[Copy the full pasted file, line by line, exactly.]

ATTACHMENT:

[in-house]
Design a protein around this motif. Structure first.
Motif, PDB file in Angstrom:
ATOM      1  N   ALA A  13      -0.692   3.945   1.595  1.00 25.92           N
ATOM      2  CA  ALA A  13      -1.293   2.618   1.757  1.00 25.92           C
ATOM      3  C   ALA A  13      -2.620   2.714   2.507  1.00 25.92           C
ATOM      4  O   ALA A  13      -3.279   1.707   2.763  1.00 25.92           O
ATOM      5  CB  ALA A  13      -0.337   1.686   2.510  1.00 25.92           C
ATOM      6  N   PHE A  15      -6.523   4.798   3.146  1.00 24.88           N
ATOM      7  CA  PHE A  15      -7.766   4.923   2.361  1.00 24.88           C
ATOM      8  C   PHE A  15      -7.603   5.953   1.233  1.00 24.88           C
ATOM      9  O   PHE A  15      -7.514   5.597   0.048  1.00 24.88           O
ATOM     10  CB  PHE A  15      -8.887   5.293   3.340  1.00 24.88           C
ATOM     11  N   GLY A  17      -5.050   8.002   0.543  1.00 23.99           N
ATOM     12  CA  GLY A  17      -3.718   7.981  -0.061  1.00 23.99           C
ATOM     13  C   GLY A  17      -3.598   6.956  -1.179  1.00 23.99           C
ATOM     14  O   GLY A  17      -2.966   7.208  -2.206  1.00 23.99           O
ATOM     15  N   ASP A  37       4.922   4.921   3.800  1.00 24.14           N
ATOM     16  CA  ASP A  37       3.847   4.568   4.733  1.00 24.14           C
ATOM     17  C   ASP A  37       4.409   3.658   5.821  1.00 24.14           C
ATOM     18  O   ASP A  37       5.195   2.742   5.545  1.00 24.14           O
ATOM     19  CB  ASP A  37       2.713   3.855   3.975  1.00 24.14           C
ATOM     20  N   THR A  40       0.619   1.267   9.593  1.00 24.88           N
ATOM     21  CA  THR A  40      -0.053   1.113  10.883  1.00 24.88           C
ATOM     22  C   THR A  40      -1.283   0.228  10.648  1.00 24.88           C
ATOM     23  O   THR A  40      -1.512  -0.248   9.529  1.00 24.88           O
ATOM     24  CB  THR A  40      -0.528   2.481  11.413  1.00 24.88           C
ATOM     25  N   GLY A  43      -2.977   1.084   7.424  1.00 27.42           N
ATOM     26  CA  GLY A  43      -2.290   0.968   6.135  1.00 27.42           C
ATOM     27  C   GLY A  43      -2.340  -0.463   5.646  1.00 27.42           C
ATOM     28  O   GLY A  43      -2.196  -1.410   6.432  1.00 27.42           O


[in-house]
Design a protein around this motif. Structure first.
Motif, PDB file in Angstrom:
ATOM      1  N   ALA A  13      -0.692   3.945   1.595  1.00 25.92           N
ATOM      2  CA  ALA A  13      -1.293   2.618   1.757  1.00 25.92           C
ATOM      3  C   ALA A  13      -2.620   2.714   2.507  1.00 25.92           C
ATOM      4  O   ALA A  13      -3.279   1.707   2.763  1.00 25.92           O
ATOM      5  CB  ALA A  13      -0.337   1.686   2.510  1.00 25.92           C
ATOM      6  N   PHE A  15      -6.523   4.798   3.146  1.00 24.88           N
ATOM      7  CA  PHE A  15      -7.766   4.923   2.361  1.00 24.88           C
ATOM      8  C   PHE A  15      -7.603   5.953   1.233  1.00 24.88           C
ATOM      9  O   PHE A  15      -7.514   5.597   0.048  1.00 24.88           O
ATOM     10  CB  PHE A  15      -8.887   5.293   3.340  1.00 24.88           C
ATOM     11  N   GLY A  17      -5.050   8.002   0.543  1.00 23.99           N
ATOM     12  CA  GLY A  17      -3.718   7.981  -0.061  1.00 23.99           C
ATOM     13  C   GLY A  17      -3.598   6.956  -1.179  1.00 23.99           C
ATOM     14  O   GLY A  17      -2.966   7.208  -2.206  1.00 23.99           O
ATOM     15  N   ASP A  37       4.922   4.921   3.800  1.00 24.14           N
ATOM     16  CA  ASP A  37       3.847   4.568   4.733  1.00 24.14           C
ATOM     17  C   ASP A  37       4.409   3.658   5.821  1.00 24.14           C
ATOM     18  O   ASP A  37       5.195   2.742   5.545  1.00 24.14           O
ATOM     19  CB  ASP A  37       2.713   3.855   3.975  1.00 24.14           C
ATOM     20  N   THR A  40       0.619   1.267   9.593  1.00 24.88           N
ATOM     21  CA  THR A  40      -0.053   1.113  10.883  1.00 24.88           C
ATOM     22  C   THR A  40      -1.283   0.228  10.648  1.00 24.88           C
ATOM     23  O   THR A  40      -1.512  -0.248   9.529  1.00 24.88           O
ATOM     24  CB  THR A  40      -0.528   2.481  11.413  1.00 24.88           C
ATOM     25  N   GLY A  43      -2.977   1.084   7.424  1.00 27.42           N
ATOM     26  CA  GLY A  43      -2.290   0.968   6.135  1.00 27.42           C
ATOM     27  C   GLY A  43      -2.340  -0.463   5.646  1.00 27.42           C
ATOM     28  O   GLY A  43      -2.196  -1.410   6.432  1.00 27.42           O